• Service level chain (e.g. Moorfields)
• Joint venture (e.g. GSTS Pathology; SWLEOC)
• Management/operational franchise (Circle at
Hinchingbrooke was the main example )
• Geographically dispersed multi-service chain (e.g. BMI)
• Vertically integrated care organisation (Tameside)
Opportunities and questions
Opportunities
Questions
Spotlight on range of
possible ownership
models and benefits
How much provider
appetite for new
models?
Focus on resolving FT
pipeline blockage
Is the statutory sector
capable of required
change?
Welcome emphasis on
simplifying transaction
approvals
How far does change of
org form per se address
provider challenges?
Desire to use report to
catalyse change
How will credentialing
and system of
consequences work?
What change might the review drive?
•
Greater use of wider range of ownership
models at enterprise and single service /
groups of services levels
–
–
JVs
Networks crossing enterprise boundaries
•
Greater use of management franchise model
post election in more intractable FT pipeline
cases (more private sector?)
•
Transaction approvals process speeding up
•
Creation of management chains
The power and impact of example, experience and
perceptions of success in driving this type of
change.
What will we cover?
Today and 2015/16
1
Five Year Forward View
Dalton Review
2
5
6
3
Current performance, regulation and performance management
4
2015/16 finances & planning, tariff & Autumn Statement £2bn
FT Pipeline and segmentation
General Election 2015
Activity going through the roof
‘ Our A&E was built to see 120 patients a day. We are now averaging 160.’
(Trust CEO)
‘It’s like Narnia – a perpetual winter with no Christmas’
(Newsnight)
% year on year increases
Anonymised DGH, Oct 2014
Pressure showing in performance
Size of the provider sector deficit is
increasingly unsustainable
Aggregate financial position for NHS provider sector
Sector is heading
for over half a
billion deficit in
2014/15
Costs escalating
• Growth in
demand
• Staffing
increases &
agency spend
• Under delivery
of CIPs
Surplus
/ Deficit
(£m)
2012/13
2013/14
2014/15 est.
Financial pressure spreading across the
sector
Estimated financial position Q2 2014/15
160
141
140
120
Number of 100
providers
in deficit
• FT sector YTD
net deficit alone
is over 4 times
higher than plan
at £254m
80
66
60
40
• EBITDA margin
18% behind plan
25
20
0
2012/13
• 141 providers in
deficit,
representing
58% of the
entire sector
and 81% of all
acute hospitals.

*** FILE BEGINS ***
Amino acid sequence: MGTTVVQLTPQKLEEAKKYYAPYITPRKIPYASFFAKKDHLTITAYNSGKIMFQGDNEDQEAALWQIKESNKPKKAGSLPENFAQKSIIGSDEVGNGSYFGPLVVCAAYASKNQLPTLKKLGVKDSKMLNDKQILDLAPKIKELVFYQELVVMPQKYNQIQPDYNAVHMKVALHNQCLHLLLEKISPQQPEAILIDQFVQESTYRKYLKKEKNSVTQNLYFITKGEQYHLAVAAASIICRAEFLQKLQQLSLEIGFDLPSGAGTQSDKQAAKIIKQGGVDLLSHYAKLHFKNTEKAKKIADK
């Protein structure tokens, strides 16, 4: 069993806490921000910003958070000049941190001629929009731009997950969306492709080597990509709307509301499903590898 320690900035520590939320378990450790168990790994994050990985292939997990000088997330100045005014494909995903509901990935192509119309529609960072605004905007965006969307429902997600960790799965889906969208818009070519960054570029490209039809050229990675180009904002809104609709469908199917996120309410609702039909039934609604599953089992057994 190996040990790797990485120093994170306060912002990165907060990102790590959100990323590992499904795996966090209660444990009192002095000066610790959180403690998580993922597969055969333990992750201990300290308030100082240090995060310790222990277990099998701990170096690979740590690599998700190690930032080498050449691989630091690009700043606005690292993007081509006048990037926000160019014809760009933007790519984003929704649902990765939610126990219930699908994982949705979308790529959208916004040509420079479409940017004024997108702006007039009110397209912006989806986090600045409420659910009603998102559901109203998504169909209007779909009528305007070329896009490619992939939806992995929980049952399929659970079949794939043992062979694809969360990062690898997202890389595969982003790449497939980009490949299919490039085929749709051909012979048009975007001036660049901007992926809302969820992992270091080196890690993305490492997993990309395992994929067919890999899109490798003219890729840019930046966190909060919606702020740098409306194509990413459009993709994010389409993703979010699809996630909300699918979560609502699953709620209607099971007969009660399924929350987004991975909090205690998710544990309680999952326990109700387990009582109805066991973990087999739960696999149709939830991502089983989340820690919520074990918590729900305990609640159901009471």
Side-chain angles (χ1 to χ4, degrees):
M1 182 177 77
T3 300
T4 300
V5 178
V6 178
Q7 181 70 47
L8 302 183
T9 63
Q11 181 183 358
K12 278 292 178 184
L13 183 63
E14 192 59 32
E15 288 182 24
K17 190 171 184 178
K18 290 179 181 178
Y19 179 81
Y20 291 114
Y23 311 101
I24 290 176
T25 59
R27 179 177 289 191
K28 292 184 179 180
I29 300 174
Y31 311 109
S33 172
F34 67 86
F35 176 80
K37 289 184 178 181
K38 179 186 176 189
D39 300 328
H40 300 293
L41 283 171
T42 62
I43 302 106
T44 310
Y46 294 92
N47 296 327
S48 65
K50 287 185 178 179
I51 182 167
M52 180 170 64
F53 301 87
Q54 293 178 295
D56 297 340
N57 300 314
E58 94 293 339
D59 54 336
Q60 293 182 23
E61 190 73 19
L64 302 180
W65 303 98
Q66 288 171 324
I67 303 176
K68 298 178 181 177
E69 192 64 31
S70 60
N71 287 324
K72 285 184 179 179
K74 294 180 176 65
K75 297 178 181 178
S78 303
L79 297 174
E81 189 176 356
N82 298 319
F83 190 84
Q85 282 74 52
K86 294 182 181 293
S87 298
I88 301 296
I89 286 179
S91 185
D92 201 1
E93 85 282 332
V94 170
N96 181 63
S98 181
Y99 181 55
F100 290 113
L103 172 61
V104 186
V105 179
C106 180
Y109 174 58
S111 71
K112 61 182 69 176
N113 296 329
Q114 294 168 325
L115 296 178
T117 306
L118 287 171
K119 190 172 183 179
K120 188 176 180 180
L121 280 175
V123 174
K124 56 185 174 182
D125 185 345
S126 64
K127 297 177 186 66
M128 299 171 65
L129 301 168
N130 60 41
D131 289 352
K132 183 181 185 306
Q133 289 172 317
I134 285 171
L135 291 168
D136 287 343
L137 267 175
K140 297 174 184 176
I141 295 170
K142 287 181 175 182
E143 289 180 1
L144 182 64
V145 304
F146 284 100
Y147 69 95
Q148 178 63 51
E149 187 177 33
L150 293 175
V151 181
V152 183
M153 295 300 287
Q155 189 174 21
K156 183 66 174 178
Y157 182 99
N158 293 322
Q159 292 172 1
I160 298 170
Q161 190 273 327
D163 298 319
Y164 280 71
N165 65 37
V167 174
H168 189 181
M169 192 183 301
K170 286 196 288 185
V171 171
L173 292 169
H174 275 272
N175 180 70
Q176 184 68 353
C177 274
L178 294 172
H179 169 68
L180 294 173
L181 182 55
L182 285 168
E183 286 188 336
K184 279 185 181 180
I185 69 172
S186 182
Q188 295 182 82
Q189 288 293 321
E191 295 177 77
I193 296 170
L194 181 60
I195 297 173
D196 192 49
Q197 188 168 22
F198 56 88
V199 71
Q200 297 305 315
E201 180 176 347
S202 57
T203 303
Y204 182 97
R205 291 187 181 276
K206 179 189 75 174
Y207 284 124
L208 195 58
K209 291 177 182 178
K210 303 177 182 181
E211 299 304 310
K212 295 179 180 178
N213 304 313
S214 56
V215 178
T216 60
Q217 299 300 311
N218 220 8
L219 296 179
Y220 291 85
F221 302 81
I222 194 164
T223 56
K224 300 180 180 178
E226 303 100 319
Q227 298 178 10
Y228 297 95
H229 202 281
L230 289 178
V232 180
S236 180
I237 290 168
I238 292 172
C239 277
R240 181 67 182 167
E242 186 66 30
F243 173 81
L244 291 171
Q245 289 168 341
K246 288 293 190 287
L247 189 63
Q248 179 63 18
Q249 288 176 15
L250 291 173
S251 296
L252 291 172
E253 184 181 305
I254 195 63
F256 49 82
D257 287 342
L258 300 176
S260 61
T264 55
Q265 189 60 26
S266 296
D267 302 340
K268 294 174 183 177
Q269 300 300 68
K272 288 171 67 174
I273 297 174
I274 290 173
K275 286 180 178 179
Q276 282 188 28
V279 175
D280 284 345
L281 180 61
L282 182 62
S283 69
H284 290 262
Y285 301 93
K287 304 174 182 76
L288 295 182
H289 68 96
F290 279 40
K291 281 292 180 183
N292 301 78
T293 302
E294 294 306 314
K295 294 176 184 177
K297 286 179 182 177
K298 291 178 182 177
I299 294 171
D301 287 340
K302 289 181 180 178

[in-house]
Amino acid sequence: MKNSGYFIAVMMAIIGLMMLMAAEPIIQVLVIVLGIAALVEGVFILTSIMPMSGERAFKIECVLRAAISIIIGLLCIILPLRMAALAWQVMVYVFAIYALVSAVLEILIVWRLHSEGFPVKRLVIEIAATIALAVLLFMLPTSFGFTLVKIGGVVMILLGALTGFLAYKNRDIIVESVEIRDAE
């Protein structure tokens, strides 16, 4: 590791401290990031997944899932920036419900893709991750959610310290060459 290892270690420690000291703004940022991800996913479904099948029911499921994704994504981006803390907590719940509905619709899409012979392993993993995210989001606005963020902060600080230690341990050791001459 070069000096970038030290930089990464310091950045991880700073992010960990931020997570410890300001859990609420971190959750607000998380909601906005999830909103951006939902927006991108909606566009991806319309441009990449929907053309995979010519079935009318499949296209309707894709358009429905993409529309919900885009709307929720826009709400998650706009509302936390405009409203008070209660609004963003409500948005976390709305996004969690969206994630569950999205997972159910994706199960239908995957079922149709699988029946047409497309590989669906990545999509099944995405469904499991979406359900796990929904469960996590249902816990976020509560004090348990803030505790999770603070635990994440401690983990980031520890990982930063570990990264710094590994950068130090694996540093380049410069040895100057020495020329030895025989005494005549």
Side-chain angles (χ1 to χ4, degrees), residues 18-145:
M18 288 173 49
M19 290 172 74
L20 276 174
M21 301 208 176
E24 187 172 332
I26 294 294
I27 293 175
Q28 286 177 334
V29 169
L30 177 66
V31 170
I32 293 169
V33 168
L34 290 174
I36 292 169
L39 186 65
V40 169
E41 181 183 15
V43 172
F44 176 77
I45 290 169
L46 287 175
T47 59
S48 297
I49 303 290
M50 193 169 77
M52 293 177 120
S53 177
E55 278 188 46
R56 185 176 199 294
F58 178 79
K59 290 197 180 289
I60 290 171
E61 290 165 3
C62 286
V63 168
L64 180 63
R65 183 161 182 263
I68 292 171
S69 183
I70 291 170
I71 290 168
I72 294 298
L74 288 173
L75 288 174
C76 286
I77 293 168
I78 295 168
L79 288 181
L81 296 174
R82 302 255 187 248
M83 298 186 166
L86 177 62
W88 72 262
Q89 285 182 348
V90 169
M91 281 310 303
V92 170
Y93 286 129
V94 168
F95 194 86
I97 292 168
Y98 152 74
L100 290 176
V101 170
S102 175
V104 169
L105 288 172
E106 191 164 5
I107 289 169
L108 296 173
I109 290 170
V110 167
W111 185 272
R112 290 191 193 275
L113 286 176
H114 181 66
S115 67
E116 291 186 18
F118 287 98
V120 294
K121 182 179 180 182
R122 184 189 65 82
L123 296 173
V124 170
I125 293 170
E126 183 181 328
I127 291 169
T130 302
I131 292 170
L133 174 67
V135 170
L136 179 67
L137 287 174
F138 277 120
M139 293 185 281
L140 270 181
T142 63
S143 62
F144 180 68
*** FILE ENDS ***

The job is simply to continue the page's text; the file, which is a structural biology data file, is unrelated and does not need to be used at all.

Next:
2013/14
2014/15
Performance / finance issues spreading
To ambulance, community and mental
health sectors as well as acute trusts
To Trusts / FTs across all 4 sectors that
• Have never had financial or performance
issues before
• Are patently well led
• Would be in anyone’s upper quartile
A system wide issue but still not fully
accepted across the NHS system leadership
Political timing vs General Election
Presenting dilemma for triumvirate: how to
regulate / performance manage when tide is
going out in run up to election?
Increase in regulatory action / micro-management
8 FTs had regulatory action applied and none
lifted in 2013/14
Monitor
•
•
•
•
•
•
“Supporting” challenged health economies / institutions
10 FTs / Trusts in Special measures
11 challenged health economies five year planning consultancy support
14 triumvirate star chambers
11 FTs under investigation and 7 under consideration
30-40 phone calls last week from triumvirate and Secretary of State
5 PMIU visits to FTs/trusts
What happens when 30-40% of sector is in some form
of regulatory intervention?
To note, in case you have missed
Francis and Care Act
•
•
•
•
•
•
•
Statutory duty of candour, 27 November
Fit and proper persons test, 27 November
False and misleading information, April 2015
New sanctions for ‘wilful neglect’, still in Lords
New CQC enforcement guidance, April 2015
CQC ‘scores on the doors’ – out for consultation
Francis Review of whistleblowing – due Jan/Feb 2014
What will we cover?
Today and 2015/16
1
Five Year Forward View
Dalton Review
2
5
6
3
Current performance, regulation and performance management
4
2015/16 finances & planning, tariff & Autumn Statement £2bn
FT Pipeline and segmentation
General Election 2015
2015/16 Tariff Headline Measures
• 3.8% efficiency deflator
• 1.9% uplifts for pay and price inflation.
•
•
•
•
Pricing therefore down 1.9% overall
Marginal rate for emergency admissions
increased to 50% (+£90m)
Marginal rate for specialised services over